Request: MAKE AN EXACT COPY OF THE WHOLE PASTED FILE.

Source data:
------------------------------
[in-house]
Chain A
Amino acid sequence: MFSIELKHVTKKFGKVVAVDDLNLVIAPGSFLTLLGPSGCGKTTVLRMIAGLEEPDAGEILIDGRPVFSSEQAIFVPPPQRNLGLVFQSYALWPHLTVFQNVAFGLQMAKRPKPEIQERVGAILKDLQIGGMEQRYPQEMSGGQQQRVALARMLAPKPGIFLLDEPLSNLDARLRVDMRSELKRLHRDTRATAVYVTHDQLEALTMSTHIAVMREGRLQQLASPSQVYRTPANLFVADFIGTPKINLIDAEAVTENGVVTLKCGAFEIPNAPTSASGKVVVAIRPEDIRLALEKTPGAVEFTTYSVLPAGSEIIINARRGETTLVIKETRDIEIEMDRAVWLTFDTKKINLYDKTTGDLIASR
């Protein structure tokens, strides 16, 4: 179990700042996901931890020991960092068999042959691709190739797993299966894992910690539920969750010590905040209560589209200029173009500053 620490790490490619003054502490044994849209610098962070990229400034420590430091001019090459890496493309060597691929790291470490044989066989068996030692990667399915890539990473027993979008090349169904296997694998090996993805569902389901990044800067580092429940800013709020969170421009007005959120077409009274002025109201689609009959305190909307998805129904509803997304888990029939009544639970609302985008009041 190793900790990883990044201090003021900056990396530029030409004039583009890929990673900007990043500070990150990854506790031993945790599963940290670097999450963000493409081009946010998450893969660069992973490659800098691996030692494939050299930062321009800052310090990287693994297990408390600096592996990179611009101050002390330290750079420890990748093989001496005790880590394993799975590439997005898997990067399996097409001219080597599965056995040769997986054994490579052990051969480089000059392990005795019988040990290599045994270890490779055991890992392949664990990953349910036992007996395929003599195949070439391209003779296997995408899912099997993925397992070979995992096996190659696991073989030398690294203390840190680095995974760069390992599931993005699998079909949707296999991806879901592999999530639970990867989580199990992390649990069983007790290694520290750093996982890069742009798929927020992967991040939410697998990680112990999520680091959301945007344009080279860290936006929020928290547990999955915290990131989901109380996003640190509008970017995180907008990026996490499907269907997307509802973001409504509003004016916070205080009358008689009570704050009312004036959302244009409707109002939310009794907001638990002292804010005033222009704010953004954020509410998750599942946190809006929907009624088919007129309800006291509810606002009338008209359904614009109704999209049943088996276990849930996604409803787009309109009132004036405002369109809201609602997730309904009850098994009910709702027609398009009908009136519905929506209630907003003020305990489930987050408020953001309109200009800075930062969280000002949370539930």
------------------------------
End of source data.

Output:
[in-house]
Chain A
Amino acid sequence: MFSIELKHVTKKFGKVVAVDDLNLVIAPGSFLTLLGPSGCGKTTVLRMIAGLEEPDAGEILIDGRPVFSSEQAIFVPPPQRNLGLVFQSYALWPHLTVFQNVAFGLQMAKRPKPEIQERVGAILKDLQIGGMEQRYPQEMSGGQQQRVALARMLAPKPGIFLLDEPLSNLDARLRVDMRSELKRLHRDTRATAVYVTHDQLEALTMSTHIAVMREGRLQQLASPSQVYRTPANLFVADFIGTPKINLIDAEAVTENGVVTLKCGAFEIPNAPTSASGKVVVAIRPEDIRLALEKTPGAVEFTTYSVLPAGSEIIINARRGETTLVIKETRDIEIEMDRAVWLTFDTKKINLYDKTTGDLIASR
């Protein structure tokens, strides 16, 4: 179990700042996901931890020991960092068999042959691709190739797993299966894992910690539920969750010590905040209560589209200029173009500053 620490790490490619003054502490044994849209610098962070990229400034420590430091001019090459890496493309060597691929790291470490044989066989068996030692990667399915890539990473027993979008090349169904296997694998090996993805569902389901990044800067580092429940800013709020969170421009007005959120077409009274002025109201689609009959305190909307998805129904509803997304888990029939009544639970609302985008009041 190793900790990883990044201090003021900056990396530029030409004039583009890929990673900007990043500070990150990854506790031993945790599963940290670097999450963000493409081009946010998450893969660069992973490659800098691996030692494939050299930062321009800052310090990287693994297990408390600096592996990179611009101050002390330290750079420890990748093989001496005790880590394993799975590439997005898997990067399996097409001219080597599965056995040769997986054994490579052990051969480089000059392990005795019988040990290599045994270890490779055991890992392949664990990953349910036992007996395929003599195949070439391209003779296997995408899912099997993925397992070979995992096996190659696991073989030398690294203390840190680095995974760069390992599931993005699998079909949707296999991806879901592999999530639970990867989580199990992390649990069983007790290694520290750093996982890069742009798929927020992967991040939410697998990680112990999520680091959301945007344009080279860290936006929020928290547990999955915290990131989901109380996003640190509008970017995180907008990026996490499907269907997307509802973001409504509003004016916070205080009358008689009570704050009312004036959302244009409707109002939310009794907001638990002292804010005033222009704010953004954020509410998750599942946190809006929907009624088919007129309800006291509810606002009338008209359904614009109704999209049943088996276990849930996604409803787009309109009132004036405002369109809201609602997730309904009850098994009910709702027609398009009908009136519905929506209630907003003020305990489930987050408020953001309109200009800075930062969280000002949370539930």